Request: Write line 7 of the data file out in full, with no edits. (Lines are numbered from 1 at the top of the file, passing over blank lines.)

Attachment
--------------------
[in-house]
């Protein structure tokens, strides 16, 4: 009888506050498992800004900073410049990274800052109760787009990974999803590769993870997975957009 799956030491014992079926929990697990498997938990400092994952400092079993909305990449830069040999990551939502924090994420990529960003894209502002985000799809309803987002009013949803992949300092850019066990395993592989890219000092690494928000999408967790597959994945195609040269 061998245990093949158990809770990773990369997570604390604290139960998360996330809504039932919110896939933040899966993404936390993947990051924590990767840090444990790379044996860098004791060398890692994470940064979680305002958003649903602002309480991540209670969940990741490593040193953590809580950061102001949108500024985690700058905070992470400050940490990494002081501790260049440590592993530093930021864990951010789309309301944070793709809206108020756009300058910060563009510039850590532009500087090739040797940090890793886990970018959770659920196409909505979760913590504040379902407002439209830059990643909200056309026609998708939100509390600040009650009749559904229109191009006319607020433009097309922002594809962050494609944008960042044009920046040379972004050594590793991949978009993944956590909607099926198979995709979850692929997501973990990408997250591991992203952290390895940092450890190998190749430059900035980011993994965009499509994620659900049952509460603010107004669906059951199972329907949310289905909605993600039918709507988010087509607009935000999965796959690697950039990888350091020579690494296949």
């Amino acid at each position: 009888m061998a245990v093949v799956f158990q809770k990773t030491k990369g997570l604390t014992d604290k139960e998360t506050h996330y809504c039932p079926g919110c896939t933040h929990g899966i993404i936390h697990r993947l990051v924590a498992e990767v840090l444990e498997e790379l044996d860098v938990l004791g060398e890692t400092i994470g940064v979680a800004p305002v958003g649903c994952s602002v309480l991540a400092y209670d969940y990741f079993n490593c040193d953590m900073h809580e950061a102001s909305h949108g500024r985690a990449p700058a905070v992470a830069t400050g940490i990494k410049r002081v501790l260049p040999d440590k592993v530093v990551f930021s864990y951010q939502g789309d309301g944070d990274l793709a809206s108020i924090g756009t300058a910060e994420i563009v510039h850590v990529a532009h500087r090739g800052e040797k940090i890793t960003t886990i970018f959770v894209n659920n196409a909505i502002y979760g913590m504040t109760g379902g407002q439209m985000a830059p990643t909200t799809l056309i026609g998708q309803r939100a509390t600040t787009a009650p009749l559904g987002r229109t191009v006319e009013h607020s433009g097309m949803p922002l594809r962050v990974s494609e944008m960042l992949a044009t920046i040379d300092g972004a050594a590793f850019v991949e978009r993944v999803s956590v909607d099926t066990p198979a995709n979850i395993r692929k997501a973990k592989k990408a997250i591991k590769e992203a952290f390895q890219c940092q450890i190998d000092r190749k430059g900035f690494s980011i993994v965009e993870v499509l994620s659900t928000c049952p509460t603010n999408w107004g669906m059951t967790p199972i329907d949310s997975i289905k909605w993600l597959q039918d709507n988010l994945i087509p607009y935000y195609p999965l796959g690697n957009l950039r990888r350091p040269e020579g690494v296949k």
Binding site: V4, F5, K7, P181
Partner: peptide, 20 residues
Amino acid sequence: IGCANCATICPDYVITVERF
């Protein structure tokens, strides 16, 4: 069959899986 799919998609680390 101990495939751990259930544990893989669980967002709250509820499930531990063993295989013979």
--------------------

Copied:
């Protein structure tokens, strides 16, 4: 069959899986 799919998609680390 101990495939751990259930544990893989669980967002709250509820499930531990063993295989013979």